Scottish Power bid for Manweb should go to MMC, rival says
Wednesday 26 July 1995
John Baker, the chairman of National Power, yesterday called for Scottish Power's pounds 1bn bid for Manweb to be referred to the Monopolies and Mergers Commission. Scottish Power, which launched its bid on Monday, attacked Mr Baker, saying that the takeover would, if anything, increase competition.
It also emerged that Scottish Power bought a further 1.82 million shares in Manweb, bringing its stake to 9 per cent. Manweb's share price fell by 2p to 915p yesterday, which matches the cash alternative in the bid.
Mr Baker, who was speaking at National Power's annual general meeting, said that the takeover "raises regulatory issues", but did not elaborate. He also said his company is unlikely to emerge as a bidder for one of the 12 regional electricity firms in England and Wales. "In principle, we are not interested in expanding our exposure to the UK regulatory regime. Secondly, I very much doubt whether competition authorities would allow us to," he said.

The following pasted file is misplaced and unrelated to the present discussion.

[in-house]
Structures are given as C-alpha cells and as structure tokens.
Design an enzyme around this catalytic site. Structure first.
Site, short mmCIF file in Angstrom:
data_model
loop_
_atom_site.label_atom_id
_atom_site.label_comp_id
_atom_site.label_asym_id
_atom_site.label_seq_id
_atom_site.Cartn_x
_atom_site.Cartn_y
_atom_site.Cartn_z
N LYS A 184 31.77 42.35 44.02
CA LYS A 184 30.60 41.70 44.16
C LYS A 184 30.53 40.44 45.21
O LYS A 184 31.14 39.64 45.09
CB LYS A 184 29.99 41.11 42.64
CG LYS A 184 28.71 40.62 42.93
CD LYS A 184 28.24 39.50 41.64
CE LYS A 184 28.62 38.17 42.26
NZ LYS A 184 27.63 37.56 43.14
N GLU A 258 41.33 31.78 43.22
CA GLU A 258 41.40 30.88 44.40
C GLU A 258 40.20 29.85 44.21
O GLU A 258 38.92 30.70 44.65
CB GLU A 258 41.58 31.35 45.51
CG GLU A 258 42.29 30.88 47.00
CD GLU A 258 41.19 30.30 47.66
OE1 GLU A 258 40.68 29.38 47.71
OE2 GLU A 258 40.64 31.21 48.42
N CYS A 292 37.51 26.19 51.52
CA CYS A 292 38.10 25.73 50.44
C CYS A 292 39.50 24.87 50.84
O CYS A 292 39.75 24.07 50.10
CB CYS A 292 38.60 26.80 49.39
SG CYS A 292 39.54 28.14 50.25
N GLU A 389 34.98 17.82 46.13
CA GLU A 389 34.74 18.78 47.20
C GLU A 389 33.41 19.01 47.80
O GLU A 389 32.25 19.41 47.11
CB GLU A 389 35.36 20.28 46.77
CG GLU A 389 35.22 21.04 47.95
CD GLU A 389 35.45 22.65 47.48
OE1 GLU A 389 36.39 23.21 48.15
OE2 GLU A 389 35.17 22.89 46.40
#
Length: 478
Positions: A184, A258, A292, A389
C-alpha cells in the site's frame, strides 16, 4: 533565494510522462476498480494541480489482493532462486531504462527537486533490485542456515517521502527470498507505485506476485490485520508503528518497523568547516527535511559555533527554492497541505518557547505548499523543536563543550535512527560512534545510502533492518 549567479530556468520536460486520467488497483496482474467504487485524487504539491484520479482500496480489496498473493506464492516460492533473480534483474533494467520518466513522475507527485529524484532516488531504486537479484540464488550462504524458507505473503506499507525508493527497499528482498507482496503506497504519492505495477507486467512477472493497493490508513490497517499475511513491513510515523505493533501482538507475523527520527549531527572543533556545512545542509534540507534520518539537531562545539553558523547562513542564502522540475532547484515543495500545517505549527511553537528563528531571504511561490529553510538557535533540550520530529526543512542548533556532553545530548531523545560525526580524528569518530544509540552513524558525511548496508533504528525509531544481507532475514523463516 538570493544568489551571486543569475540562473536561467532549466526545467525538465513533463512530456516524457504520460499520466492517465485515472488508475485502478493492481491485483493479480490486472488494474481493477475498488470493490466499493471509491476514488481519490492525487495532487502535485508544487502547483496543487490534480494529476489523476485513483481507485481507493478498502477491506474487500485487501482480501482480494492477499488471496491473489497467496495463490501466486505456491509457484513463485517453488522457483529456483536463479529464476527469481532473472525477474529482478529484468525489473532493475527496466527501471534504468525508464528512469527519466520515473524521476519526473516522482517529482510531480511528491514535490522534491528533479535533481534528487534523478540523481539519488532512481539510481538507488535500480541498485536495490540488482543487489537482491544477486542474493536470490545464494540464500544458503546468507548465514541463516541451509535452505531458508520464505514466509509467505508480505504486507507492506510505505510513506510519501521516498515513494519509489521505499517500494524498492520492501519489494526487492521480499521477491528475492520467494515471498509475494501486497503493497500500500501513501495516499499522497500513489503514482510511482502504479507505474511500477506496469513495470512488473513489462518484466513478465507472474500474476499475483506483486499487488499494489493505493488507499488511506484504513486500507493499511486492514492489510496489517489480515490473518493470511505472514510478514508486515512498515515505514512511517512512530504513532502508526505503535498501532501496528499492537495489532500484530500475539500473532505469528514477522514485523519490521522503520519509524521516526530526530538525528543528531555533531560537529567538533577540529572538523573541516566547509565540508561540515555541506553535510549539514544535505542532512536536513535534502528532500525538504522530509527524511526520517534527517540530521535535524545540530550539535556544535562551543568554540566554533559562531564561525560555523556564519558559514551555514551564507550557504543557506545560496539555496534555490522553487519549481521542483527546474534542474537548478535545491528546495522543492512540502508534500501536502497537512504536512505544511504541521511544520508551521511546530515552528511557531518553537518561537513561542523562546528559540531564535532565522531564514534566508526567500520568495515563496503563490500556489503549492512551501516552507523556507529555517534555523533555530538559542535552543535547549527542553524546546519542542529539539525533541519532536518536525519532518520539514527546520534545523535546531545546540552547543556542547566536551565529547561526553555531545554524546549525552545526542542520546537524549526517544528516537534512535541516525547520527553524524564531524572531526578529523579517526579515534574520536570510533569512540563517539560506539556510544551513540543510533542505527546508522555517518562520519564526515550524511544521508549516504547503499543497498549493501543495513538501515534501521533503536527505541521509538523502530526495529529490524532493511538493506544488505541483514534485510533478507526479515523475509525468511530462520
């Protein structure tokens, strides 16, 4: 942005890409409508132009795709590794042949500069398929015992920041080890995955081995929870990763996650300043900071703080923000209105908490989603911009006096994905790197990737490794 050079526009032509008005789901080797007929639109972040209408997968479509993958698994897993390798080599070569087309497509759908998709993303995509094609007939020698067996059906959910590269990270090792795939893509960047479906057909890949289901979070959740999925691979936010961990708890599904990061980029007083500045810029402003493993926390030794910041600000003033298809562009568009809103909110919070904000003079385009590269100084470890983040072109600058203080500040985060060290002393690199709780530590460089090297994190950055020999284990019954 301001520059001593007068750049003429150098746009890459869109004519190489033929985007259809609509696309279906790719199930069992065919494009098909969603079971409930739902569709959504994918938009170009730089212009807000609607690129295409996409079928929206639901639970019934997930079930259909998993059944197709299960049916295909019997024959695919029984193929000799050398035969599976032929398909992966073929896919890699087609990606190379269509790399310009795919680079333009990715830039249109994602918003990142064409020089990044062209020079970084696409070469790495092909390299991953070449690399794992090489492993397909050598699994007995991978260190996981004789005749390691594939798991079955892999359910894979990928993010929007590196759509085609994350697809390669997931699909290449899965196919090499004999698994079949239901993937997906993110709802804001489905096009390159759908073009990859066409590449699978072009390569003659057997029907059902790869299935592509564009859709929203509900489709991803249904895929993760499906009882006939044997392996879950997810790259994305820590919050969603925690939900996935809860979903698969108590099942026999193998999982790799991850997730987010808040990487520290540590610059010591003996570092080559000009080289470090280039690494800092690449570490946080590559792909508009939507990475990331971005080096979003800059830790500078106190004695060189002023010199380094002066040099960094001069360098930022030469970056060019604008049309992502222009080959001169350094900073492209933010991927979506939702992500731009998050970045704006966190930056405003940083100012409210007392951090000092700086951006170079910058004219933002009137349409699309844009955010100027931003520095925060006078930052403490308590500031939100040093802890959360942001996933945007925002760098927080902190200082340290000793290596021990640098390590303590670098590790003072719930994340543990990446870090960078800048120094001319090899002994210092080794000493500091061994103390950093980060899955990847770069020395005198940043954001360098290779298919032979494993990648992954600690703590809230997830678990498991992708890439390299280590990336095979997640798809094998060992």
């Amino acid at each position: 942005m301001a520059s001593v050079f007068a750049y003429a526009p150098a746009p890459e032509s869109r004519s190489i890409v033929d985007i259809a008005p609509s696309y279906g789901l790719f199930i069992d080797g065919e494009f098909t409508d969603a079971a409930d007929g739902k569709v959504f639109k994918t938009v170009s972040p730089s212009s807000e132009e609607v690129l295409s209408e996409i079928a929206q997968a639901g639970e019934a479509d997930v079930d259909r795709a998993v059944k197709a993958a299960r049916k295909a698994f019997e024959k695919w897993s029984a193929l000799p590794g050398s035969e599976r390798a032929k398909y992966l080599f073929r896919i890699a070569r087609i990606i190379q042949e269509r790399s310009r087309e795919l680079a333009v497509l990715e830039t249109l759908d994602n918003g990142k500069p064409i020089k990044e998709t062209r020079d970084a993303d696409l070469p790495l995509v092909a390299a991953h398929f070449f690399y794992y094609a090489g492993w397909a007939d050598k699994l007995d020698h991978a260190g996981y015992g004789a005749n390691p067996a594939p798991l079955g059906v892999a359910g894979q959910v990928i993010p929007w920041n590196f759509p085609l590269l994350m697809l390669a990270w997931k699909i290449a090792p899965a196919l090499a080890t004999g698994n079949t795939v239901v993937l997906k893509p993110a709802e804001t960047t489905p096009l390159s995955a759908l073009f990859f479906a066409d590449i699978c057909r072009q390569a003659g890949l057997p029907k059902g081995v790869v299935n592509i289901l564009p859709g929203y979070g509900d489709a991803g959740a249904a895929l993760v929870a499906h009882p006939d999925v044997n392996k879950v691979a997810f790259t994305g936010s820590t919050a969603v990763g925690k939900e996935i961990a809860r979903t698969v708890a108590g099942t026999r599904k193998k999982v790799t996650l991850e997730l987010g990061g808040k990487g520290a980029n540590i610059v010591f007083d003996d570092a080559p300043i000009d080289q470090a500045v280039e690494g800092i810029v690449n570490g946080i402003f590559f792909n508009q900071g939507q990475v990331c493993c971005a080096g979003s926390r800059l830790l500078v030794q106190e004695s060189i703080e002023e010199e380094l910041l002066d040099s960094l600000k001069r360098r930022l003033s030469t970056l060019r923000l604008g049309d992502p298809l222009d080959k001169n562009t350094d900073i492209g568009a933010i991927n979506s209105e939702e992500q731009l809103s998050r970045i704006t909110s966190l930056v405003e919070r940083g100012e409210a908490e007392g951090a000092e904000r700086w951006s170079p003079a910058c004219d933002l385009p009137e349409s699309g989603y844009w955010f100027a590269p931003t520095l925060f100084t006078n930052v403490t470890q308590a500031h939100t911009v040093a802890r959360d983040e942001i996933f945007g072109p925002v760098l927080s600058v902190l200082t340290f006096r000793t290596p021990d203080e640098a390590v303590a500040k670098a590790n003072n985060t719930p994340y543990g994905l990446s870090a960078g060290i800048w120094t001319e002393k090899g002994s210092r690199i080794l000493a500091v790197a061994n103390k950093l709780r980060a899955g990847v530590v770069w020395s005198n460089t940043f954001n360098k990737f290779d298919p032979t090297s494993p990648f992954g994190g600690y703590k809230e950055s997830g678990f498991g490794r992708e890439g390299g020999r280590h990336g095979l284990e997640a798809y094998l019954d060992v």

Manweb is the third company to become a target. South Western Electricity is the subject of a pounds 1bn takeover attempt by Southern Electric International of the US. Northern Electric is braced for a renewed bid by Trafalgar House after the lapse of an offer at pounds 11 per share in March.
The Consumers Association yesterday joined the fray, asking all bidders to say what they would do for customers. Philip Cullum, the CA's policy manager, said: "So much attention is focused on shareholders, but the bottom line should be whether they are going to give good value to customers."
Speculation over further takeovers and mergers coincided with a stark warning from the all party Trade and Industry Select Committee of big problems in the competitive electricity marketplace.
The Government plans to end the 12 regional monopolies over domestic customers in 1998 but there is growing concern that too little preparation is taking place.
Richard Caborn, chairman of the committee, said: "Government proposals to open up the electricity market in 1998 are a shambles and could bring disruption to the industry.
"The committee was astonished by the complete failure of the Government and the regulator, Offer, to prepare for liberalisation. The proposals have not been thought through and could represent a disaster in the making."
The committee wants an extensive trial - such as that planned for the gas market in 1996 and 1997 - before the market is fully liberalised.
Mr Caborn said there is a need for regulatory reform before the market is opened, with more power for consumer groups and a duty on the regulator to justify its decisions. He added that there is a "compelling case" for joint regulation of electricity and gas supply.
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